a few short months ago I moved into a new apartment. new neighbourhood, new roommate, new beginnings, etc. and in the spirit of all things new, i brought nothing from my previous existence and thus, didn’t have anything to furnish the place with. Literally nothing.
this new, materially barren existence was the enabler to what would be a life changing discovery of the treasures that line our streets one magical night a week, and the myriad of design opportunities that they hold.
as I lay on my air mattress, alongside the impossibly small suitcase that contained all of my worldly possessions (green snakeskin, a steal from the Lachute flea market - merci bien) night after night I imagined what furnishings would inevitably fill this new space and in turn transform my barren abode into my home.
after the predictable, fruitless trips to IKEA, EQ3, west elm, etc. two things became abundantly clear.
these trips were unnecessary as i discovered that i already had an IKEA catalogue at my disposal in my head.
and upon discussion with friends, i discovered that we, nay, everyone in the western world has an IKEA catalogue occupying some otherwise valuable space in their brain.
which can come in handy. like when you know that you need fish shaped ice cubes, or when playing pictionary and your partner starts drawing that familiar and simple easy chair (POANG obviously).
but outside of setting up your dorm or first apartment, when ease of construction and value are the purchase drivers, do you really want people to come into your home and be able to not only identify your furniture by name but also point out that your kitchen trolley was only $59? What a steal.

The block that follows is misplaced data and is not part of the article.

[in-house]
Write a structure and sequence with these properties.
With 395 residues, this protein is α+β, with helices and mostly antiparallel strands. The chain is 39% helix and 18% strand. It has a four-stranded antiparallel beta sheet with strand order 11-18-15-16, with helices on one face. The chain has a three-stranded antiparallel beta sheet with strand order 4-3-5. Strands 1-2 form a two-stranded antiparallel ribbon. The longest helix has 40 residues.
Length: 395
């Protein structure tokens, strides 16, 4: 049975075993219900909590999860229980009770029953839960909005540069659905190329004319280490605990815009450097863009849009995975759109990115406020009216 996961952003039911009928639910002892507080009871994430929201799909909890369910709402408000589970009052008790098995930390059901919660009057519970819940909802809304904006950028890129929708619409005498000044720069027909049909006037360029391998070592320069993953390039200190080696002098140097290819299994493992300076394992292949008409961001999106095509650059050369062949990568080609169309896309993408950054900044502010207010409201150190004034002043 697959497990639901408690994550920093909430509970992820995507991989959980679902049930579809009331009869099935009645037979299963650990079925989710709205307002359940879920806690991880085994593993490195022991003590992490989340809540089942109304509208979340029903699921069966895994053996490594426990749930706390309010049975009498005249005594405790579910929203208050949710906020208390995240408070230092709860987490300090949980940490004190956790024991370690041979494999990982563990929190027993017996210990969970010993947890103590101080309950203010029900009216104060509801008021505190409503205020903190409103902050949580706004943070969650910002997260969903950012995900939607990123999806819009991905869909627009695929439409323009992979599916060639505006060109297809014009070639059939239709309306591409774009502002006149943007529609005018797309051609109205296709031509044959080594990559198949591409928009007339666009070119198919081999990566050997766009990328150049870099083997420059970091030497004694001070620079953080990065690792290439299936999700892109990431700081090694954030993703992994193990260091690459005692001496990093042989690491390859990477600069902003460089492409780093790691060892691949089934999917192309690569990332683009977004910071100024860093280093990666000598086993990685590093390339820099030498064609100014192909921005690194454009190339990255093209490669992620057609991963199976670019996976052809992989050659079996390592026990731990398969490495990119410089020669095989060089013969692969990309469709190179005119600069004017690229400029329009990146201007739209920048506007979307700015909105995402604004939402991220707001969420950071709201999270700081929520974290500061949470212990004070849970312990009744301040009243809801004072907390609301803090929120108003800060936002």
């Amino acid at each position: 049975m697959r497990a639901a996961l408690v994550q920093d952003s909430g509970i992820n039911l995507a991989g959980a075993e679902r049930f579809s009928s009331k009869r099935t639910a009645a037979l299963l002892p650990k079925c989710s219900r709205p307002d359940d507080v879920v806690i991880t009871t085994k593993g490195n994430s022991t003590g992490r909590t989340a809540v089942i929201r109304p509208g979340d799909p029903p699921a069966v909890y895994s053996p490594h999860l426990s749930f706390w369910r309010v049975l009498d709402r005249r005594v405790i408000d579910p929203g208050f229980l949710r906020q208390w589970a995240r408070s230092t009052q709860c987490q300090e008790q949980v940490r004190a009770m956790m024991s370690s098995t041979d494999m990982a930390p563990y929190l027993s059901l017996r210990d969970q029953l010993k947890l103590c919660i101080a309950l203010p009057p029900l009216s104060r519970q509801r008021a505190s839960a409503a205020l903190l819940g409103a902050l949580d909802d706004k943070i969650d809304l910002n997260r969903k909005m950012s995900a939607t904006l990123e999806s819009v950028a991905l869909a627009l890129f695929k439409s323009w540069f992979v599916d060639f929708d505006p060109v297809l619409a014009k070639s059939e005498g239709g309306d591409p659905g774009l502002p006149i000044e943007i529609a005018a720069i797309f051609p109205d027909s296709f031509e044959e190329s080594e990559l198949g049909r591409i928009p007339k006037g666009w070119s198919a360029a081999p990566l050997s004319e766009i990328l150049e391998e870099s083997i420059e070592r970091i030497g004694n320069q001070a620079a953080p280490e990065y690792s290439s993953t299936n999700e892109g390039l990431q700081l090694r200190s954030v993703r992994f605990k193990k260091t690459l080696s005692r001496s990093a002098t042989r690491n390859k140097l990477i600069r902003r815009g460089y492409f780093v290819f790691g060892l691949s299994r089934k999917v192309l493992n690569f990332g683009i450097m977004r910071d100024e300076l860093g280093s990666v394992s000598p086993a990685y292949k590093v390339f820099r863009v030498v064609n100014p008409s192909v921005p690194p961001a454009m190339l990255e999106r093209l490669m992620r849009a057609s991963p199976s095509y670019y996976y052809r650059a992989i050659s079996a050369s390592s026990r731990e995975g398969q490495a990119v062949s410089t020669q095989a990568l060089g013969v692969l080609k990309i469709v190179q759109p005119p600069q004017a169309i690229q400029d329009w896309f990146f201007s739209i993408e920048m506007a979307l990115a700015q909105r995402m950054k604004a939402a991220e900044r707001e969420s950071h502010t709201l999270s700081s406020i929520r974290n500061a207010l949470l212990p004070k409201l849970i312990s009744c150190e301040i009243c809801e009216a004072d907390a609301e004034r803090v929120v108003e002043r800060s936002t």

most of the furniture in these stores (rant now includes the aforementioned) would fulfill my immediate furnishing needs but would make this new space my own. A reflection of me and my taste.
the furnishings all looked the same. Seemingly mocking the sterile and bland nature of the space I currently occupied - replicated in furniture form. Function but not my fashion.
although the design savy swedes clearly know what they are doing (proven by the ability to fit a complete kitchen into a few boxes and then turn any incapable partner into an accomplished carpenter in a short afternoon)i beg us all to consider the piles and piles of BILLY bookcases in landfills somewhere, before making the simple and mindless decision to fulfill your immediate needs with these mass produced, dime a dozen, templated pieces...
And instead consider keeping a closer eye on your neighbours on GBE (garbage day eve).
it was a fateful night on Palmerston Avenue when i put my two conclusions together. and the decision to create a sustainable furniture filled apartment was reached.
a huge old front door just laying there on the lawn.
my soon to be dining table begun busily constructing itself in my head. easy. saddle horse legs and this old front door providing the surface upon which friends and family could gather to break bread.
only problem, and something think about when contemplating the sidewalk shop, transport.
a PROUD zip car card holder, i rarely activate this luxury outside of desperation and instead rely on my treads for transit whenever possible.
but this was a particular conundrum. the large door was too awkward to fit in most cars, but solid wood and too heavy for any woman who doesn't professionally weightlift to carry. coincidentally, it was upon realization of my predicament, that my best guy friend's phone starting ringing...
it seems once this door was opened, the ideas flooded in. i started thinking of ways to use objects that i hadn't found and then going out looking for them.
today my walls are adorned with framed photos once left for dead on a curb found, collages of hotel coasters, and my newest addition, old REDHOT jars stuffed with branches. all thanks to a watchful eye on my neighbours.
now almost complete, this once echoing chamber has become my home. a place where my character is reflected in every room and where comrades and loved ones can come and relax and comment on the interesting furniture.